March 16, 2016

Short & Sweet: The Silver Linings Playbook, The Undomestic Goddess, and Mr. Penumbra's 24-Hour Bookstore (Adult)

These are just my Goodreads reactions, since I don't know if/when I will actually get around to writing an actual review of them. But you get a general idea of what I thought of them :)

The Silver Linings Playbook by Matthew Quick

Probably 2~2.5 stars. This book was approximately 80% football (watching live, watching on TV, talking about...) and 20% actually interesting stuff. Definitely a case of 'the movie was better', at least for me.

Below is literally every Goodreads status update I posted while reading this book. As you can see, there was a pattern:

I don't think anything more needs to be said.

The Undomestic Goddess by Sophie Kinsella

A light, enjoyable read that gave me a few chuckles. Samantha's exploits in the kitchen (and other housekeeper domains) are highly entertaining, as is watching while she tries to bluff her way through things. Plus, I totally related to her ineptitude at all things domestic! This book kind of reminded me of a cross between the 1980s movies Maid to Order and Baby Boom :)

Mr. Penumbra's 24-Hour Bookstore by Robin Sloan

Probably around 3.5 stars. I quite enjoyed the first half of it, but found the second half dragged somewhat and wasn't keeping my interest as well. I did really like Clay's voice, and there were some very funny lines in here too.

March 15, 2016

Top Ten Tuesday: Spring TBR (+ A Poll!)

The Top Ten Tuesday meme is hosted by The Broke and The Bookish. This week's topic is books on our spring TBR list.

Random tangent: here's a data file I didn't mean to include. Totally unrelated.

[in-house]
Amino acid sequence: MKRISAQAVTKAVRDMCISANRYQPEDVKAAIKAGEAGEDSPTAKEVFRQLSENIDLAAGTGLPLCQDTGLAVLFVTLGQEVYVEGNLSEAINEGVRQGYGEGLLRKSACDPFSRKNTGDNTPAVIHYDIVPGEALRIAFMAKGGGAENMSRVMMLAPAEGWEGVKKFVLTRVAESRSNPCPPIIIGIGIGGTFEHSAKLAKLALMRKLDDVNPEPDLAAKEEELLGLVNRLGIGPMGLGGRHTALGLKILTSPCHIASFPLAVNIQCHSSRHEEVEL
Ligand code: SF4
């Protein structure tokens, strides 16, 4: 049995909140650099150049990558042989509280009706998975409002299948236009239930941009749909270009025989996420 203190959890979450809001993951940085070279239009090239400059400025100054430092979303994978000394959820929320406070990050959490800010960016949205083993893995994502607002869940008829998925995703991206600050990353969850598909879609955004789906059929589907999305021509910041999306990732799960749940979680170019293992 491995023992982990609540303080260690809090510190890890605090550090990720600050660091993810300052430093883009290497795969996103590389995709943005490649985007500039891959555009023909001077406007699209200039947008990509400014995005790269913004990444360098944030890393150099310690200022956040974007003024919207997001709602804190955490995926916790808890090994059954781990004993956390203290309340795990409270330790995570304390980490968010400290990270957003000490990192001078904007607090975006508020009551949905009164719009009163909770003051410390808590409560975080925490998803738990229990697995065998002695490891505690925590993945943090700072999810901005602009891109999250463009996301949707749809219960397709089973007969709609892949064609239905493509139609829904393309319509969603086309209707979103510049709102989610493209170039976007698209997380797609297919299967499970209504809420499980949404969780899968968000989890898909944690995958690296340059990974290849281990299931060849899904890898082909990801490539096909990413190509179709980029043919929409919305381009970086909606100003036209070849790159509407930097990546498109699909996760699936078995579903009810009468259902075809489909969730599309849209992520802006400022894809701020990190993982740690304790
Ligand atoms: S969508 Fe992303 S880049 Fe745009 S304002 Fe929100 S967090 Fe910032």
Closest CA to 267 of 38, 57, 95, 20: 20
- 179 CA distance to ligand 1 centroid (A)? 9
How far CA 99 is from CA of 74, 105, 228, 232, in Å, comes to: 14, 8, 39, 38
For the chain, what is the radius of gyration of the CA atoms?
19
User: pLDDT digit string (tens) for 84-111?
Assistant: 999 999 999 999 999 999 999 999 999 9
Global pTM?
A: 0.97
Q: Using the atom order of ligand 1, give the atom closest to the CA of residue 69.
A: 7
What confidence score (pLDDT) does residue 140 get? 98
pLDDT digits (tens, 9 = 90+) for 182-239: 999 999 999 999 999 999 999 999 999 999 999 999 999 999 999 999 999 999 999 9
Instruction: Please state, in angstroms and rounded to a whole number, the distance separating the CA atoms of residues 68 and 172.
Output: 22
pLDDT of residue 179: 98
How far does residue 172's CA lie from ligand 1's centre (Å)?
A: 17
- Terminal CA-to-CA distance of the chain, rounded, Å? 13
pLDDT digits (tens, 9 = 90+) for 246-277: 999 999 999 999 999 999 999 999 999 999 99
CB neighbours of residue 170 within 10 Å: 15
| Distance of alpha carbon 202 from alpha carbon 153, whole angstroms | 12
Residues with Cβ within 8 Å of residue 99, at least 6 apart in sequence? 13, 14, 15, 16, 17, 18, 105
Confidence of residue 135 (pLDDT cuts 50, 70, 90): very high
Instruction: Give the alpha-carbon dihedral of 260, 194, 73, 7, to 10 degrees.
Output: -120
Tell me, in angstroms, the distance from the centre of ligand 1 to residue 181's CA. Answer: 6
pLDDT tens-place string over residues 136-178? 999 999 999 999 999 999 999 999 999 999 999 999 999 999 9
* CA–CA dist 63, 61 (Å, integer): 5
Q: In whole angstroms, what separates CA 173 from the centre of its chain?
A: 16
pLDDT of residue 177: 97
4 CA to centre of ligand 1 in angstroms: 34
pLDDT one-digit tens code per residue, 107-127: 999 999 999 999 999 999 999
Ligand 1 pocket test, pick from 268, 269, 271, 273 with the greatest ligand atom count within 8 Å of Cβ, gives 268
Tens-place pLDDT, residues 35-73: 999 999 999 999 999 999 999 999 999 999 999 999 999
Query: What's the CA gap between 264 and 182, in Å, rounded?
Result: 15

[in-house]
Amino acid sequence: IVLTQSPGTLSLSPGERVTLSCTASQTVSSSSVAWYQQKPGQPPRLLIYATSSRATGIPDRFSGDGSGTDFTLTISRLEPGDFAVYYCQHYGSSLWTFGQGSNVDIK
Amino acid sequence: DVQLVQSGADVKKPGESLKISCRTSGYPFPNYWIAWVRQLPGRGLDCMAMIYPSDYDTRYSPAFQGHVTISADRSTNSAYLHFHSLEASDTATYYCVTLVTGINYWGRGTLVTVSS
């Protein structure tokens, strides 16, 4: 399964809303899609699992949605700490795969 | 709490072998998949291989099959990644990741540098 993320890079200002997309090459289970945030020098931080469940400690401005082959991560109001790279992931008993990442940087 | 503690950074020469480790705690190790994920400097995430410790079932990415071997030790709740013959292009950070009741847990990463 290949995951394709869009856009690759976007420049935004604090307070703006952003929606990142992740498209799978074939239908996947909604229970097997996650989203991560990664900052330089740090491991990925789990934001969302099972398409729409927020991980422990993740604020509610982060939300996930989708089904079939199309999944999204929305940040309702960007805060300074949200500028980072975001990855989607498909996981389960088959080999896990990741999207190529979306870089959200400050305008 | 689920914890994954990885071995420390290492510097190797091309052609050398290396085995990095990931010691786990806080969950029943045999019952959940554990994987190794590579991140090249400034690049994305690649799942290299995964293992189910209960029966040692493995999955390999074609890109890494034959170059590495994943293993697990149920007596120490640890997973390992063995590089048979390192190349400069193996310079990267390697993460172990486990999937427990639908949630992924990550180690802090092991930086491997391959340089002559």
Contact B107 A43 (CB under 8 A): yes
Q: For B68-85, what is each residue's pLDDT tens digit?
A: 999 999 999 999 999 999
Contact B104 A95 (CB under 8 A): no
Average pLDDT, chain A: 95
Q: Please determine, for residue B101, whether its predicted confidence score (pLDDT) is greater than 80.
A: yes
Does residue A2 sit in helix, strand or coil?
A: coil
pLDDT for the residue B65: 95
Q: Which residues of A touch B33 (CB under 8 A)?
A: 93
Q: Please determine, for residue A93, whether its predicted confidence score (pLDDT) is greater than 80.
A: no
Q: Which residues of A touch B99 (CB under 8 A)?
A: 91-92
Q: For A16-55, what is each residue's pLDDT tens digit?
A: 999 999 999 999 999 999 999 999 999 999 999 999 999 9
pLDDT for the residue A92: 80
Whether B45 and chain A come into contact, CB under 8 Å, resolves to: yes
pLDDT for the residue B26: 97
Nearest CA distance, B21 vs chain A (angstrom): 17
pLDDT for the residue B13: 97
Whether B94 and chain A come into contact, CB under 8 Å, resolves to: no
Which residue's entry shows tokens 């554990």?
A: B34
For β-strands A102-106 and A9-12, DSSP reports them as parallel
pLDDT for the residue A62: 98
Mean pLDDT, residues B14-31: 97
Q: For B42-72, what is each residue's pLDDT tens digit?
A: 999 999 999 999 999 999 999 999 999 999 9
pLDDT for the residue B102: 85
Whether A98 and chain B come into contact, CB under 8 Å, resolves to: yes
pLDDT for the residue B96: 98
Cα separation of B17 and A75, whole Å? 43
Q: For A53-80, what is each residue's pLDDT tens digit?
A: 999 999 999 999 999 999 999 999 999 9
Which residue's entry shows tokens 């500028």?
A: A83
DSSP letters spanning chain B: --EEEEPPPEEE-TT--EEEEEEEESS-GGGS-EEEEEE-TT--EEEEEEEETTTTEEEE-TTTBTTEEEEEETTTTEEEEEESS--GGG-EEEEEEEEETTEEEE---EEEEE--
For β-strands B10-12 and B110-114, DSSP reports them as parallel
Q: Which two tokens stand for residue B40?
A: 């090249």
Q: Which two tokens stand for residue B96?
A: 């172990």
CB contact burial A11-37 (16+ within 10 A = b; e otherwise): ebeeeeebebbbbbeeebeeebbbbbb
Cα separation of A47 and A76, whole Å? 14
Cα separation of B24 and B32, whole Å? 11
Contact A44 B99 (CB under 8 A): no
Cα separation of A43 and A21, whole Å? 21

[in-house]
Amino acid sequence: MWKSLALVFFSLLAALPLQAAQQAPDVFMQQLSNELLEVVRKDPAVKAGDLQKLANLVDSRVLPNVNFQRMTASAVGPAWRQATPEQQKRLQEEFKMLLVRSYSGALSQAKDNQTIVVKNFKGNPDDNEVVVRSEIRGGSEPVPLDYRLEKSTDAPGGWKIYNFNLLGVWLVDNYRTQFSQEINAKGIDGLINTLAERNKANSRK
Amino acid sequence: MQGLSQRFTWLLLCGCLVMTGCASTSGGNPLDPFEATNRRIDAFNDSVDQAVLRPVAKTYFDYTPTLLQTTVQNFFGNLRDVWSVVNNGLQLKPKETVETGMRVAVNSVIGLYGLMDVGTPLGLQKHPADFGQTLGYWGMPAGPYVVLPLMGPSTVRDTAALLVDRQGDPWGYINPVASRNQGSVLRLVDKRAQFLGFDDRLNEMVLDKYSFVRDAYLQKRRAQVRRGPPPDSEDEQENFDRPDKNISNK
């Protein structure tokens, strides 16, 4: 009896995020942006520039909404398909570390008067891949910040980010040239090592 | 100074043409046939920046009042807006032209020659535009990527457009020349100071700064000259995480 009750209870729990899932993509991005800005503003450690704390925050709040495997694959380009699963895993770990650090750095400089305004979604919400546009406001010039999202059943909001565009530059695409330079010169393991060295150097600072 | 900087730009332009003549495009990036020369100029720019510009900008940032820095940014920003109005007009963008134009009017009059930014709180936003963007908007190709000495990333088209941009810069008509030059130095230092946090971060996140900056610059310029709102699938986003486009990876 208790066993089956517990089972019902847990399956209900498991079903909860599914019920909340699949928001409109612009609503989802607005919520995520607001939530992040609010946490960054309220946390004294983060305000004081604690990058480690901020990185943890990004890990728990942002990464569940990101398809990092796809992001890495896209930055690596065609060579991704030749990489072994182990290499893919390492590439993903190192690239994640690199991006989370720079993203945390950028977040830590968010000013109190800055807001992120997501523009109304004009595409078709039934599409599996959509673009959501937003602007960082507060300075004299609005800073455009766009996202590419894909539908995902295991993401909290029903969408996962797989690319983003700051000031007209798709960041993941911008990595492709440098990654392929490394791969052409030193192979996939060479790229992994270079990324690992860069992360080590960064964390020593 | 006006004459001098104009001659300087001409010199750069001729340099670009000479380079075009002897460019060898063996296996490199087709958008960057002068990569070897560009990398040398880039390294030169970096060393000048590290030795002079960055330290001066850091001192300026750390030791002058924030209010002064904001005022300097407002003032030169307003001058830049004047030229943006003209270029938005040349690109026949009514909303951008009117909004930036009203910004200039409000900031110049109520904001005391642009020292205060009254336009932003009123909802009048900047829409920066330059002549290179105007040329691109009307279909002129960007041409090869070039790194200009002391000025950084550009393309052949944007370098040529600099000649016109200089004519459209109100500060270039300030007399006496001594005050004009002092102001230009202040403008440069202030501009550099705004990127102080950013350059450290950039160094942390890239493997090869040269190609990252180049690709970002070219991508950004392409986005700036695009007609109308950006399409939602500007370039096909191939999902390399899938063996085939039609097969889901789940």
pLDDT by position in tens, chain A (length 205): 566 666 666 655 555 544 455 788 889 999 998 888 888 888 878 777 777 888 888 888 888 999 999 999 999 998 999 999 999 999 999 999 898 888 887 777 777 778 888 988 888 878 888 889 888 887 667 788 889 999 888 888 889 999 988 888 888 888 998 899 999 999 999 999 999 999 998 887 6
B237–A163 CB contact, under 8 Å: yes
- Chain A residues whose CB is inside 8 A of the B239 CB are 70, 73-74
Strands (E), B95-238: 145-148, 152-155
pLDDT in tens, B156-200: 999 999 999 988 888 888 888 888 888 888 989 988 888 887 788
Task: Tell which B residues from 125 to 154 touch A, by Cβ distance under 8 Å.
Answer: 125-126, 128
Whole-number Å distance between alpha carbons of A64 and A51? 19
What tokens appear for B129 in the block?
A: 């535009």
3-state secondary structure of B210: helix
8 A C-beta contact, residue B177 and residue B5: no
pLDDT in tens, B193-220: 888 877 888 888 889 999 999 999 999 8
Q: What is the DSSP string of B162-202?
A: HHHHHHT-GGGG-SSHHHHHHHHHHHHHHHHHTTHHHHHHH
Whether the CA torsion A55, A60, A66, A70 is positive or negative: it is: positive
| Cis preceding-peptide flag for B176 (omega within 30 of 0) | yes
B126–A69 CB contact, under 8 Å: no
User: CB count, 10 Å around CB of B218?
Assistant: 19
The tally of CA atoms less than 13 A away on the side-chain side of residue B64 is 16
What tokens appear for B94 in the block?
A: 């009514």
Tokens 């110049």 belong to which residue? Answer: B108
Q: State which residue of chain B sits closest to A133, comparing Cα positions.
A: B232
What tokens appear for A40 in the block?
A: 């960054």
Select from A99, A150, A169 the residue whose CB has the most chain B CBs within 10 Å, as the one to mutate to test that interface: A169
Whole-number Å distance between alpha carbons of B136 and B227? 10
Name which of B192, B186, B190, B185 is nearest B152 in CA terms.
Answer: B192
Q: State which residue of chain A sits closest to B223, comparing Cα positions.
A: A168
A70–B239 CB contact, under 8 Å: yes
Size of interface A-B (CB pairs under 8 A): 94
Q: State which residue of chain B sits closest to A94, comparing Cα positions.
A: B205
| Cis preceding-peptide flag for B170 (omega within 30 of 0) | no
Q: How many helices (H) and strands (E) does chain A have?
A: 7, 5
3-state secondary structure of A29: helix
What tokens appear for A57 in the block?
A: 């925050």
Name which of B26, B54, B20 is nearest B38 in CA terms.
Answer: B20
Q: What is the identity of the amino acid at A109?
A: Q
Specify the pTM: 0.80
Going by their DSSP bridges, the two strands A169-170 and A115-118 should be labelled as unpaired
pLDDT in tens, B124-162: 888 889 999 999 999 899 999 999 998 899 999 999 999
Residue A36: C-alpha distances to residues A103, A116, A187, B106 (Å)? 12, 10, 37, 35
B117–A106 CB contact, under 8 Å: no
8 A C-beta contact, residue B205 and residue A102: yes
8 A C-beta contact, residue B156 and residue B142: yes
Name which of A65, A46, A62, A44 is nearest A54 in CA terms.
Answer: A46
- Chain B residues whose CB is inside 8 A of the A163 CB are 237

So guess what? I am on spring break right now, which means I will actually have some time for reading! Hopefully I'll get to some of the books on this list — in fact, I've created a poll at the end for you guys to vote for your top book from this list that you recommend I read...because there are a lot of books and sadly I'm not going to get to all of them over the break.

1.) Deathsworn by Leah Cypess

2.) Illuminae by Amie Kaufman and Jay Kristoff

3.) Big Little Lies by Liane Moriarty

4.) The Distant Hours by Kate Morton

5.) All The Light We Cannot See by Anthony Doerr

6.) Dark Triumph by Robin LaFevers (I read & enjoyed the first in the series)

7.) Outpost by Ann Aguirre (ditto)

8.) A Corner of White by Jaclyn Moriarty

9.) Monstrous Beauty by Elizabeth Fama

10.) The Lies of Locke Lamora by Scott Lynch

 These are literally waiting on my shelves to be picked up...which should I crack open first? Vote! (Try to just pick ONE, but if you really can't decide, you can pick your top two :P)

February 19, 2016

A Call for Book Recs!

Hey everyone,

Sorry I have been totally MIA on the blog lately! I started a new job about a month ago and it's been taking up all my time and energy. Hopefully once I get used to the pace of things I'll have a bit more time for blogging.